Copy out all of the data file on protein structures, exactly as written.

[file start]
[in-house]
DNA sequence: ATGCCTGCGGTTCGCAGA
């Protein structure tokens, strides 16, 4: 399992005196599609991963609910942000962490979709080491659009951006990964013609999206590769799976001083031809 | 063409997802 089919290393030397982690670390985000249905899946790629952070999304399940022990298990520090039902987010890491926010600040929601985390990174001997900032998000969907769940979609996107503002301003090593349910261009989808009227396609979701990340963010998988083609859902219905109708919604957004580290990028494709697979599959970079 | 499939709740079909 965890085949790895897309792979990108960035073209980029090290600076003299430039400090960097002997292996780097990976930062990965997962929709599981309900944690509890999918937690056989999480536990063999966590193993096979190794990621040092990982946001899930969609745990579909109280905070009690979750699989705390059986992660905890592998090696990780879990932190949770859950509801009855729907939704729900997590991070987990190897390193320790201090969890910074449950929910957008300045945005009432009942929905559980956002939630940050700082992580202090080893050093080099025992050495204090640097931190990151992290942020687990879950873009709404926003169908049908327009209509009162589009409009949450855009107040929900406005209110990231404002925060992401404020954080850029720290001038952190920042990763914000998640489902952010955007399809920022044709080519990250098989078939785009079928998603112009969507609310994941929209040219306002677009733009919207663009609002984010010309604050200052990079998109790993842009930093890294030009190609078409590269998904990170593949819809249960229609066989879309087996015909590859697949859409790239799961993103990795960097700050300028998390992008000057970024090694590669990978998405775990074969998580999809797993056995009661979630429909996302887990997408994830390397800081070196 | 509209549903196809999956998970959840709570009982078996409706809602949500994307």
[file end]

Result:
[in-house]
DNA sequence: ATGCCTGCGGTTCGCAGA
């Protein structure tokens, strides 16, 4: 399992005196599609991963609910942000962490979709080491659009951006990964013609999206590769799976001083031809 | 063409997802 089919290393030397982690670390985000249905899946790629952070999304399940022990298990520090039902987010890491926010600040929601985390990174001997900032998000969907769940979609996107503002301003090593349910261009989808009227396609979701990340963010998988083609859902219905109708919604957004580290990028494709697979599959970079 | 499939709740079909 965890085949790895897309792979990108960035073209980029090290600076003299430039400090960097002997292996780097990976930062990965997962929709599981309900944690509890999918937690056989999480536990063999966590193993096979190794990621040092990982946001899930969609745990579909109280905070009690979750699989705390059986992660905890592998090696990780879990932190949770859950509801009855729907939704729900997590991070987990190897390193320790201090969890910074449950929910957008300045945005009432009942929905559980956002939630940050700082992580202090080893050093080099025992050495204090640097931190990151992290942020687990879950873009709404926003169908049908327009209509009162589009409009949450855009107040929900406005209110990231404002925060992401404020954080850029720290001038952190920042990763914000998640489902952010955007399809920022044709080519990250098989078939785009079928998603112009969507609310994941929209040219306002677009733009919207663009609002984010010309604050200052990079998109790993842009930093890294030009190609078409590269998904990170593949819809249960229609066989879309087996015909590859697949859409790239799961993103990795960097700050300028998390992008000057970024090694590669990978998405775990074969998580999809797993056995009661979630429909996302887990997408994830390397800081070196 | 509209549903196809999956998970959840709570009982078996409706809602949500994307």